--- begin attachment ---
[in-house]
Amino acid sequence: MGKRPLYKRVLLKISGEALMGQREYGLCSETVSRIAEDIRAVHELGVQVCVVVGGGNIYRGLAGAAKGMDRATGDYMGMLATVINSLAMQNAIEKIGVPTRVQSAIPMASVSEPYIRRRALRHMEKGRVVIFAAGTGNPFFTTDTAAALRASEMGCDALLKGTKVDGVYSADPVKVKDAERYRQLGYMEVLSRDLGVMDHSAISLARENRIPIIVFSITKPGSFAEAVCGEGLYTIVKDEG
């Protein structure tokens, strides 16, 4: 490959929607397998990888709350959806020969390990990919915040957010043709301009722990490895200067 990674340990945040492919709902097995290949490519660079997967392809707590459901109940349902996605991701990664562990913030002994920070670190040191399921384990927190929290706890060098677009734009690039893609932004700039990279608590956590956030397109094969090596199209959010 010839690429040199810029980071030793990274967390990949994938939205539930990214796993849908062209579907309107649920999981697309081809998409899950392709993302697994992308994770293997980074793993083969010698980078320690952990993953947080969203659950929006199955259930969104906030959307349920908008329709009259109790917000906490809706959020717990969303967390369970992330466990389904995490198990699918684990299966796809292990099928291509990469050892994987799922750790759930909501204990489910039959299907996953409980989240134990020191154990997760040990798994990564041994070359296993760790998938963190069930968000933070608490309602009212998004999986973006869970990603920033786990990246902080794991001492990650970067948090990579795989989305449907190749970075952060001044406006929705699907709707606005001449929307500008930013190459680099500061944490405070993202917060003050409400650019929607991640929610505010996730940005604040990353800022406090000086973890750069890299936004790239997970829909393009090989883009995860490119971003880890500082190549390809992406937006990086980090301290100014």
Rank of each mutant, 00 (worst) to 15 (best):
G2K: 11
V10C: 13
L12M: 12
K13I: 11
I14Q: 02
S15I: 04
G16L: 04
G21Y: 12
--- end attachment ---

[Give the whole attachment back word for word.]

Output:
[in-house]
Amino acid sequence: MGKRPLYKRVLLKISGEALMGQREYGLCSETVSRIAEDIRAVHELGVQVCVVVGGGNIYRGLAGAAKGMDRATGDYMGMLATVINSLAMQNAIEKIGVPTRVQSAIPMASVSEPYIRRRALRHMEKGRVVIFAAGTGNPFFTTDTAAALRASEMGCDALLKGTKVDGVYSADPVKVKDAERYRQLGYMEVLSRDLGVMDHSAISLARENRIPIIVFSITKPGSFAEAVCGEGLYTIVKDEG
């Protein structure tokens, strides 16, 4: 490959929607397998990888709350959806020969390990990919915040957010043709301009722990490895200067 990674340990945040492919709902097995290949490519660079997967392809707590459901109940349902996605991701990664562990913030002994920070670190040191399921384990927190929290706890060098677009734009690039893609932004700039990279608590956590956030397109094969090596199209959010 010839690429040199810029980071030793990274967390990949994938939205539930990214796993849908062209579907309107649920999981697309081809998409899950392709993302697994992308994770293997980074793993083969010698980078320690952990993953947080969203659950929006199955259930969104906030959307349920908008329709009259109790917000906490809706959020717990969303967390369970992330466990389904995490198990699918684990299966796809292990099928291509990469050892994987799922750790759930909501204990489910039959299907996953409980989240134990020191154990997760040990798994990564041994070359296993760790998938963190069930968000933070608490309602009212998004999986973006869970990603920033786990990246902080794991001492990650970067948090990579795989989305449907190749970075952060001044406006929705699907709707606005001449929307500008930013190459680099500061944490405070993202917060003050409400650019929607991640929610505010996730940005604040990353800022406090000086973890750069890299936004790239997970829909393009090989883009995860490119971003880890500082190549390809992406937006990086980090301290100014």
Rank of each mutant, 00 (worst) to 15 (best):
G2K: 11
V10C: 13
L12M: 12
K13I: 11
I14Q: 02
S15I: 04
G16L: 04
G21Y: 12